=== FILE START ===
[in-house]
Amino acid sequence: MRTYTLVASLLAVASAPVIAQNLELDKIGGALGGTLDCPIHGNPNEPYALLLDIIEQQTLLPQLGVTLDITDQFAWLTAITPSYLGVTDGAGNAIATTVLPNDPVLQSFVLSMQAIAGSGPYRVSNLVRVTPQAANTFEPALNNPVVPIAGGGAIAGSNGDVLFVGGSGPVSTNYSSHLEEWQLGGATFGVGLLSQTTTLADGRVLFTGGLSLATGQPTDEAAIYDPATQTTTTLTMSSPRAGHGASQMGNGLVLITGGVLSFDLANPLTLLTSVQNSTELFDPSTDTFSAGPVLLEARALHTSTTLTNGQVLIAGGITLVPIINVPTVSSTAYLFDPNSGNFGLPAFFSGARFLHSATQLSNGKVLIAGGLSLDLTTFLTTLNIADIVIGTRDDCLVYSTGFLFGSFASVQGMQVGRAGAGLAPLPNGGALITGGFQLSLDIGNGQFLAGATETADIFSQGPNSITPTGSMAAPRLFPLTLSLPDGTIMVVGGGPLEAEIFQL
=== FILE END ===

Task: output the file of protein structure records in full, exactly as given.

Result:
[in-house]
Amino acid sequence: MRTYTLVASLLAVASAPVIAQNLELDKIGGALGGTLDCPIHGNPNEPYALLLDIIEQQTLLPQLGVTLDITDQFAWLTAITPSYLGVTDGAGNAIATTVLPNDPVLQSFVLSMQAIAGSGPYRVSNLVRVTPQAANTFEPALNNPVVPIAGGGAIAGSNGDVLFVGGSGPVSTNYSSHLEEWQLGGATFGVGLLSQTTTLADGRVLFTGGLSLATGQPTDEAAIYDPATQTTTTLTMSSPRAGHGASQMGNGLVLITGGVLSFDLANPLTLLTSVQNSTELFDPSTDTFSAGPVLLEARALHTSTTLTNGQVLIAGGITLVPIINVPTVSSTAYLFDPNSGNFGLPAFFSGARFLHSATQLSNGKVLIAGGLSLDLTTFLTTLNIADIVIGTRDDCLVYSTGFLFGSFASVQGMQVGRAGAGLAPLPNGGALITGGFQLSLDIGNGQFLAGATETADIFSQGPNSITPTGSMAAPRLFPLTLSLPDGTIMVVGGGPLEAEIFQL